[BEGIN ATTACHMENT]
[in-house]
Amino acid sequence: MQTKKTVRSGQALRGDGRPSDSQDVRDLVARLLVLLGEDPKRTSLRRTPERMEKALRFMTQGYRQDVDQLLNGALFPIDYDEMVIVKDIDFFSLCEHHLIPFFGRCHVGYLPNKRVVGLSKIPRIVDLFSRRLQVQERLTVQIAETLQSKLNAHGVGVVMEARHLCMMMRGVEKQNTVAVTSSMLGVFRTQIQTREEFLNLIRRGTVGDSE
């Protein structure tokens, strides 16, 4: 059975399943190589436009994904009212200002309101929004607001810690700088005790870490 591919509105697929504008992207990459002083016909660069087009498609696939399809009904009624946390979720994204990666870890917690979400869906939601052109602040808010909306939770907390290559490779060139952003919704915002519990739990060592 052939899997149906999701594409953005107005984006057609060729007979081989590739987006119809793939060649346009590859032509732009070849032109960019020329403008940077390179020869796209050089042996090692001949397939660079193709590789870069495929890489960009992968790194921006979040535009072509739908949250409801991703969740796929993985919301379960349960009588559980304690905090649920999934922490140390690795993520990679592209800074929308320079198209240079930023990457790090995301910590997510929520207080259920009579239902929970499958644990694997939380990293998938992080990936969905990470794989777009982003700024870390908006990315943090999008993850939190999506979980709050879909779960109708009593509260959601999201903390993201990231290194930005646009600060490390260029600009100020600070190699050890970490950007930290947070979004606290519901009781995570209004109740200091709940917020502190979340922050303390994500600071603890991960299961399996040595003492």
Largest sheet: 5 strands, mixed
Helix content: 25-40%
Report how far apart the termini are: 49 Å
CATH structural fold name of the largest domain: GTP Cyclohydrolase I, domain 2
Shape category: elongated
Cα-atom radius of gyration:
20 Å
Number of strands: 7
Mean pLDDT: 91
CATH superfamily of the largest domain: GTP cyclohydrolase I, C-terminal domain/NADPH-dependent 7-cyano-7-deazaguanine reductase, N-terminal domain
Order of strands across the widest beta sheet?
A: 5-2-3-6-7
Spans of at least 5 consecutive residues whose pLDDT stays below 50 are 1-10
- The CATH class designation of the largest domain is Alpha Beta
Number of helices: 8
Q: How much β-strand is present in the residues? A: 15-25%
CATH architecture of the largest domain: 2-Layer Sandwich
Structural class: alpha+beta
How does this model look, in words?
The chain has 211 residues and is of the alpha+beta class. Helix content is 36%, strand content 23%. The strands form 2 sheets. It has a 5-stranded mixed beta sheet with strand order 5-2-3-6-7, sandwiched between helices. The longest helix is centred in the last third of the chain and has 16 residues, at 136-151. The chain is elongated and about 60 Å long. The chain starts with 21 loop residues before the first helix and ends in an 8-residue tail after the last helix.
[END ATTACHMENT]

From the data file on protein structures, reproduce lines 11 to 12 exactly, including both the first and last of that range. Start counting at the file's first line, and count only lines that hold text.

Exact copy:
Number of strands: 7
Mean pLDDT: 91